Psychologists have a term for your memories of occasions that are so traumatic you can remember everything about them in photographic detail. They are called “flashbulb memories.”
On February 17, 2005, I realized that I had left my phone on my desk as I walked to class. There was no time to turn back and get it, so I went about my day, stopping at the library afterwards to study. As I left, and headed back to the dorm, I ran into my roommate, who said that my phone had rung a dozen times, and my parents had called looking for me. I started to panic – were they just being paranoid because they couldn’t get in touch with me, or was something more troubling afoot? After the events of the previous month, my sense of security had been shaken enough that I hastened back to call home.
The news I received was worse than I could have imagined. Like some sort of sick joke, one month after losing Paw Paw, I had lost my Grandpa Jack to a sudden heart attack. I was incredulous; I actually thought my parents were kidding, despite the fact that the death of a loved one is no laughing matter. It just didn’t seem possible.
I had just seen Grandpa Jack a few days before for lunch at my Aunt Faye’s house. He had seemed healthy, and completely in his prime. He was still working five days a week, and was as charmingly ornery as ever. How could he possibly be gone?
My cousins Jeff and Candy picked me up at school, their SUV laden with food for the mourners, and drove me over to Du Quoin for the wake and the funeral. I don’t remember much of that time – I was numb with grief. In the course of a month, I had become suddenly grandpa-less. It was too much loss for me to fathom.
For most of my life, I had been not just an only child; the age gap between my dad and his sisters had made me an only grandchild until I was in my late teens. Unfortunately, because we lived so far away, I mostly only saw Grandpa Jack a few times a year, but when I would go down for my annual summer visit, he would always take me out on Sunday, when he would meet with his friends for coffee, and show me off. Grandpa Jack had always been so proud to have me as his granddaughter.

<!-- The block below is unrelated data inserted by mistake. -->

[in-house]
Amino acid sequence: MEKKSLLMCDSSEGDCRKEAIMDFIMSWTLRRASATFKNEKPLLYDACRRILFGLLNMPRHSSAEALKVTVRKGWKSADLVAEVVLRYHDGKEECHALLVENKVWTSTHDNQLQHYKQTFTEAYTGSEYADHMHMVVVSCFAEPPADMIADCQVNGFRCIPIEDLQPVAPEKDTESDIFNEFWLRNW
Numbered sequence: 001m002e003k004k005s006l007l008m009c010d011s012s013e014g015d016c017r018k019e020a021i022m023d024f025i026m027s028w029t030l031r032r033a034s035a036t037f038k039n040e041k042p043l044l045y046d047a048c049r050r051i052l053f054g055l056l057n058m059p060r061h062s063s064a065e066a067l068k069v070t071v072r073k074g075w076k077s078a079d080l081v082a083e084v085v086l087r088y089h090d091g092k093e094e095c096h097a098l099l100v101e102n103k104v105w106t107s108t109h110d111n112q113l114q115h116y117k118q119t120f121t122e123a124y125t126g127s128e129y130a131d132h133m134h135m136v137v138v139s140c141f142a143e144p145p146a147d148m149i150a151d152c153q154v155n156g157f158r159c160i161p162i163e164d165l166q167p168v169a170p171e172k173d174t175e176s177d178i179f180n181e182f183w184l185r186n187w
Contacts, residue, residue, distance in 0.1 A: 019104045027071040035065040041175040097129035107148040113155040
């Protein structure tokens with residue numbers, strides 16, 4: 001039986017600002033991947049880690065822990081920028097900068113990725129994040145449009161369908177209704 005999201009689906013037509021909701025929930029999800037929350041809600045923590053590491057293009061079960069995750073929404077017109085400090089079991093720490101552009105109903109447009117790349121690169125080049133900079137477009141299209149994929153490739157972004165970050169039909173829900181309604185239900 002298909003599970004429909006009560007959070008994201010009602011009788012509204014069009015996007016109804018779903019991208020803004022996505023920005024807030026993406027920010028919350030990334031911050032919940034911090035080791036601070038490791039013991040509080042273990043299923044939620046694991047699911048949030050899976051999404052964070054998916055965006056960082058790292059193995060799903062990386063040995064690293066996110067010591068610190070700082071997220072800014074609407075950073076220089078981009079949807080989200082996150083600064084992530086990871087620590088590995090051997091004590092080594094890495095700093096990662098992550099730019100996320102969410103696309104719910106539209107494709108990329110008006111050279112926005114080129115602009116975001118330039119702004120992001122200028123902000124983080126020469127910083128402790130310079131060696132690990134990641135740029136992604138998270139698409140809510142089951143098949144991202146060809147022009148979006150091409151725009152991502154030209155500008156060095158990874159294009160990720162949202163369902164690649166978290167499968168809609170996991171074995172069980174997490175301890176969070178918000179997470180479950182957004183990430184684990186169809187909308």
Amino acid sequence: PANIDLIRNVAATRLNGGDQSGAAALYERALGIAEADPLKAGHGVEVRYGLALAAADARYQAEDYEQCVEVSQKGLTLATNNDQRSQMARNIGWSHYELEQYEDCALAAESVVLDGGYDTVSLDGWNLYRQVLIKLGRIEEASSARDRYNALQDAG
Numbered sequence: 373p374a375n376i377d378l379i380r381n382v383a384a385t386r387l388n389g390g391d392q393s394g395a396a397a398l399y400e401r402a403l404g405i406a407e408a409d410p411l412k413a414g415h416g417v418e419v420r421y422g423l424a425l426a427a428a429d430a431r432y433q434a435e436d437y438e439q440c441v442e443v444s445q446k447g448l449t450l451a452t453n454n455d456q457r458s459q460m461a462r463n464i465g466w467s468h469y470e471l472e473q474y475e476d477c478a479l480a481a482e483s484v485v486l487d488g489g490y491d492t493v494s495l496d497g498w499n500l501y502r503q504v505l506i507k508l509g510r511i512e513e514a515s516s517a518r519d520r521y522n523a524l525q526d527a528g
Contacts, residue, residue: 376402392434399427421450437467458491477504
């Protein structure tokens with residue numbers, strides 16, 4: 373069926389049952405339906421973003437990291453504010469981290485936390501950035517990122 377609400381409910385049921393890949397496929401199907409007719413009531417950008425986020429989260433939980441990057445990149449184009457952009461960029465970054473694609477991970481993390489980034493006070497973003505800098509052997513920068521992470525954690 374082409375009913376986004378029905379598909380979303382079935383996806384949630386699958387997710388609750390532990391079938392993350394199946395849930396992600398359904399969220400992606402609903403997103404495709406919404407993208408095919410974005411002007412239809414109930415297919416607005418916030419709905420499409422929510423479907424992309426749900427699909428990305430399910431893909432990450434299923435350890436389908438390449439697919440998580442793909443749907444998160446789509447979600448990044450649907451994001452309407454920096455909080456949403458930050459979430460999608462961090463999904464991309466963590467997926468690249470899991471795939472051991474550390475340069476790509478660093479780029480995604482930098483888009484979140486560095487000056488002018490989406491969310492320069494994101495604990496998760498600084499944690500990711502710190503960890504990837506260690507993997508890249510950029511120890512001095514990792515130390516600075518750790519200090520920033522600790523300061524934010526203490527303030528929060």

I think the best illustration of the kind of man that he was, and the love, pride, and loyalty that he had for his family, is this story: When I was graduating from high school, my parents invited all of our relatives up to Chicago for a huge celebration. I scrambled to secure as many of the limited tickets to the ceremony as I could, and it wasn’t easy, by any stretch of the imagination. Despite all of our warnings that the weather in late-May would not be temperate by any means, most of our family did not pack accordingly, and when the day of my graduation rolled around, it was downright frigid. Everyone ended up opting to skip the outdoor ceremony because it was too cold – everyone except Grandpa Jack. He was the only person out of our extended family who was willing to tough out the elements to support me. He might have been half-frozen, but he knew how much it meant to me, and I will never forget what he did for me that day, and how proud he was of me.
I'm not sure how much my cousins will remember about Grandpa Jack when they are older. They were still young when he passed away, and some of them had not even been born yet. I was truly the fortunate one, to have had so much time with him, but if there is one thing I could pass along to my cousins about Grandpa Jack, it would be the pride that he would have had in all of them as well.